“The first organized haircutting club for women was the ‘Progressive Hair Club’ first established in 1994. It sponsored [four] Ms Bald pageants in the USA and produced numerous haircutting videos. Similar clubs for men, such as the ‘International Leather Men’ have a subgroup of [haircut fetishists]. Some men form national and local groups to arrange ‘Clipper Parties’. In 2000, the first of the new breed of erotic headshaving websites came on the scene, ‘Headshave’, now known as ‘Bald Beauties’. Run by Katt and Wolfe, ‘Bald Beauties’ was the first website to portray head shaving as an erotic art on the Internet. For men, numerous websites have existed since the early 1990s [such as ‘Le Man To Man’, ‘Male Short Cuts’, ‘Slickville‘, and ‘Buzzed Hard‘]”.

In the name of research, I did check out all these sites and they all appear to cater for haircut fetishism (apart from Slickville that is more concerned with the fetishization of male hairstyles with creams and gels). From my own online research visiting these sites, it would appear that haircut fetishism is enjoyed by both males and females, and that such websites cater for both gay and straight individuals. It would also appear that for some people, it is themselves getting haircuts that is the primary source of arousal, whereas for others it is watching someone else get a haircut. There also appear to be individuals that are sexually aroused by both (i.e., themselves or others getting haircuts). The Wikipedia article adds that:

“The fetishist is often aroused by images (pictures, video, or fantasy) of the action of seeing hair being cut, the surrounding environment (barbershop / salon), and the tools used in haircutting (barber chair, barber cape, hair clippers and clipper blades, scissors, combs, hair tonics, pomades, dressings, dryers, shampoo bowls, etc…The haircut fetish finds its roots in both ancient Greece, biblical stories and religious rites. In mythology strength is associated with hair (Samson and Delilah). In Christian, Buddhist and Hindu religions, Tonsure is an established rite combining hair deprivation with purity of the body”

The other dimension in relation to hair fetishism concerns whether the haircut is voluntary or forced upon the individual. This latter dimension overlaps with both sexual sadism and sexual masochism but this aspect appears to have been all but ignored in the few online writings I have come across. The only article of any length on haircut fetishism is an online essay written by Robert Kesse who writes from the perspective of being a hair fetishist himself. Kesse defines haircut fetishism in the same way as found on the Wikipedia page but then goes on to say that the fetish isn’t necessarily harmless or benign:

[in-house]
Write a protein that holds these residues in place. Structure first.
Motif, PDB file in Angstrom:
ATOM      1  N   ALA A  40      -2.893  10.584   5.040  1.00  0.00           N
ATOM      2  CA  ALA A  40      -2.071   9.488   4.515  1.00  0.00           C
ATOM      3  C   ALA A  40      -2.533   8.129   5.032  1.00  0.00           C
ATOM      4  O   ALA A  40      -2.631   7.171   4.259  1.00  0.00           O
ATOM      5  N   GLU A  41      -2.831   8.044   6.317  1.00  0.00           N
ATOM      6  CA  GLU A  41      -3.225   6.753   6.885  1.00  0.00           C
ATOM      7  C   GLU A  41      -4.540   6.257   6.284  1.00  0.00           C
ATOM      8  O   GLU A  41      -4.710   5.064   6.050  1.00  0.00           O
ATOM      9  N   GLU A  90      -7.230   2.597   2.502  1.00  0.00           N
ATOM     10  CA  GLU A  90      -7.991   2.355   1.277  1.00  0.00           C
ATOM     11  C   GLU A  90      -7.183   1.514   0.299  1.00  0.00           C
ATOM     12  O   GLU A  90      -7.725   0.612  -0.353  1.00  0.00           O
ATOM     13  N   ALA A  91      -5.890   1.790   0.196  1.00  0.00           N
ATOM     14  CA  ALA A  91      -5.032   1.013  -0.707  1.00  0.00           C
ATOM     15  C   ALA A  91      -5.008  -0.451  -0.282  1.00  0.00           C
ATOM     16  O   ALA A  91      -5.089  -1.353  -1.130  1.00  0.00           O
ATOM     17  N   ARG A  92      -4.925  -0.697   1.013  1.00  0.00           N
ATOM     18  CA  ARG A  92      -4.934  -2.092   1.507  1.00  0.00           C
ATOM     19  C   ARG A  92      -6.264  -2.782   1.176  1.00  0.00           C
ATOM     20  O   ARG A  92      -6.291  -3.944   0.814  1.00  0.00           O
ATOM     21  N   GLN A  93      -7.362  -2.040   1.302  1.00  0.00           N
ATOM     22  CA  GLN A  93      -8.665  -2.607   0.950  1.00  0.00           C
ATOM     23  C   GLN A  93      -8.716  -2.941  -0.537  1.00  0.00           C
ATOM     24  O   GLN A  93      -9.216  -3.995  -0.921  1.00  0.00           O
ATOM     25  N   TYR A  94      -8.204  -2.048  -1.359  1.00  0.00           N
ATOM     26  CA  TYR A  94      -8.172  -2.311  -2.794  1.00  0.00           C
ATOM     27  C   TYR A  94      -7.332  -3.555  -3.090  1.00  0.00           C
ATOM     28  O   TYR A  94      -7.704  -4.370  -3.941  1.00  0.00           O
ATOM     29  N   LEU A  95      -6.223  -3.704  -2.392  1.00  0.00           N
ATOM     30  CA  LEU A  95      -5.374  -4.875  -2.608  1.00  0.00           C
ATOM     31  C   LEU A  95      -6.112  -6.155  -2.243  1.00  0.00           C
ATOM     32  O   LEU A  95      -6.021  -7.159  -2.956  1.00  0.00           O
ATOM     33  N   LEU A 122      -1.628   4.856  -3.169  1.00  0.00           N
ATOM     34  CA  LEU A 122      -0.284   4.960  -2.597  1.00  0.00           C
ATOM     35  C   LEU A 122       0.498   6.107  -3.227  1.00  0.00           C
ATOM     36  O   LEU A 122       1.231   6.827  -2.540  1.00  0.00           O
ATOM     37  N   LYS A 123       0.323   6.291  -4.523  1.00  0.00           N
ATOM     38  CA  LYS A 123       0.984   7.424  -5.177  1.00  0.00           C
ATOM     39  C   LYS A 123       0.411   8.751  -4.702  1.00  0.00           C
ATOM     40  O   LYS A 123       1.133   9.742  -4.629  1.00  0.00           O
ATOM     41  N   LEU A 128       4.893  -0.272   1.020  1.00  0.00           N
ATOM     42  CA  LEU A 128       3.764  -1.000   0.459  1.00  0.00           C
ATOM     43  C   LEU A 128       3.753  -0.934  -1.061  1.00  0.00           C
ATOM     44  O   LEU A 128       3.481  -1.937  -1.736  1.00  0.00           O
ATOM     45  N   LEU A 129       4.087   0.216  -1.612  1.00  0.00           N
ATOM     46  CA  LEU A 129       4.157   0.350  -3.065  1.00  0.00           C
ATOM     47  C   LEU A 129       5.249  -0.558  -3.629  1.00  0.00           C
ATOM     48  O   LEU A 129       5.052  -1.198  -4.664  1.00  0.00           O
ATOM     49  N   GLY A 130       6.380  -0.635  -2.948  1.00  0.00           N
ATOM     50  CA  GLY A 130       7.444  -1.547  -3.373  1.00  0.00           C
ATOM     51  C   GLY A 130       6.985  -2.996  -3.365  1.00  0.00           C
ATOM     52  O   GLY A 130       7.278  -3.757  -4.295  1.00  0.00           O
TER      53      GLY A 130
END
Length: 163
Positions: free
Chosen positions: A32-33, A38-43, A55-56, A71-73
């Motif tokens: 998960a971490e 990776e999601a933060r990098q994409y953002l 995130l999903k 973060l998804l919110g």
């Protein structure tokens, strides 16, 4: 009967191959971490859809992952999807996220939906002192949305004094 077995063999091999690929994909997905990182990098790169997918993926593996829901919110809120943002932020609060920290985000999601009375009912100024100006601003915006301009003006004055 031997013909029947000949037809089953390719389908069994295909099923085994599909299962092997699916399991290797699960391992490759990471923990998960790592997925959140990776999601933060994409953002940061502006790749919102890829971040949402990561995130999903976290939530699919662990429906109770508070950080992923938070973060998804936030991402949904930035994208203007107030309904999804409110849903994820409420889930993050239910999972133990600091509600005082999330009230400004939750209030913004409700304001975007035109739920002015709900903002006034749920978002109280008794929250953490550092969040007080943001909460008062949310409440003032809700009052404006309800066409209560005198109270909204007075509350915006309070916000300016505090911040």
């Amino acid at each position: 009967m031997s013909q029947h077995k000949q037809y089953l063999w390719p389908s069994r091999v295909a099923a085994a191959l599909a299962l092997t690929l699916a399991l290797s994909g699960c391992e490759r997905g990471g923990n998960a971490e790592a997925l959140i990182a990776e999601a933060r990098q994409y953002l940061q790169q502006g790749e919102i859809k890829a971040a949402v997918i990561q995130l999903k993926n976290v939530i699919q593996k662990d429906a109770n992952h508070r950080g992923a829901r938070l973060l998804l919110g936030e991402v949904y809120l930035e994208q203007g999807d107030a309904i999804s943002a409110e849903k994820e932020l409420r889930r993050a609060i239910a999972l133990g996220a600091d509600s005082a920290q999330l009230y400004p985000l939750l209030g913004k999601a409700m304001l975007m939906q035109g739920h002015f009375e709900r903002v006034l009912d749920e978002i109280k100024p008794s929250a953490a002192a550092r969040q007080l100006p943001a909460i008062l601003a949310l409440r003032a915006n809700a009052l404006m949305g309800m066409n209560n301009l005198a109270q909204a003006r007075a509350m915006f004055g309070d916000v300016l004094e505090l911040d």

“[Hair fetishism] CAN compromise one’s quality of life. In my case I no longer could feel an attraction towards my boyfriend because he had longer hair, and found myself compulsively and continually getting extreme haircuts that did not suit me. Suddenly, this interest in haircuts had become more of a curse than a blessing and I became depressed and lonely”.

I found Kesse’s account interesting because he attempted a psychological analysis of his own fetish toward haircuts and described his treatment intervention. He sought therapy for his fetish and also managed to get a number of different psychotherapists to talk about his case on an online forum. According to Kesse, all the therapists agreed that the underlying factor in Kesse’s haircut fetish was a fear of emasculation (i.e., a deprivation of his male identity). This clearly appears to be related to the fact that Kesse was a gay man. For instance, in a section entitled ‘A Portrait of a Typical Haircut Fetishist’, Kesse argued:

“At some point in these [male haircut fetishists’] lives, their subconscious mind made an intrinsic connection between their masculinity, and the length of their hair. They may have felt effeminate in some aspect of their lives. Almost all of those who have this interest are gay men. Society usually associates male homosexuality with effeminacy. In fact, when most people say ‘real man’ what they really mean is ‘a heterosexual man’. Thus, it is quite possibly the case that these men subconsciously internalized a fear of being found not to be a ‘real man’…At some point, their subconscious mind received the idea that their masculinity and hairstyle were unbreakably linked. They may have received such a message from their parents, peers, even the media. Many fetishists remember being forced into a short haircut as a child, or admiring the short haircuts of boys or men who embodied masculinity growing up. Thus, these men came to associate masculinity with short hair, and came to judge their own masculinity and that of other men by the length of their hair. This association can become so strong that many men feel emasculated when they do not have a short hairstyle. They may subconsciously use their hairstyle to feel more masculine in the presence of other men as well as women. As a result, they may feel a compulsive urge to get a haircut more often than is really necessary”.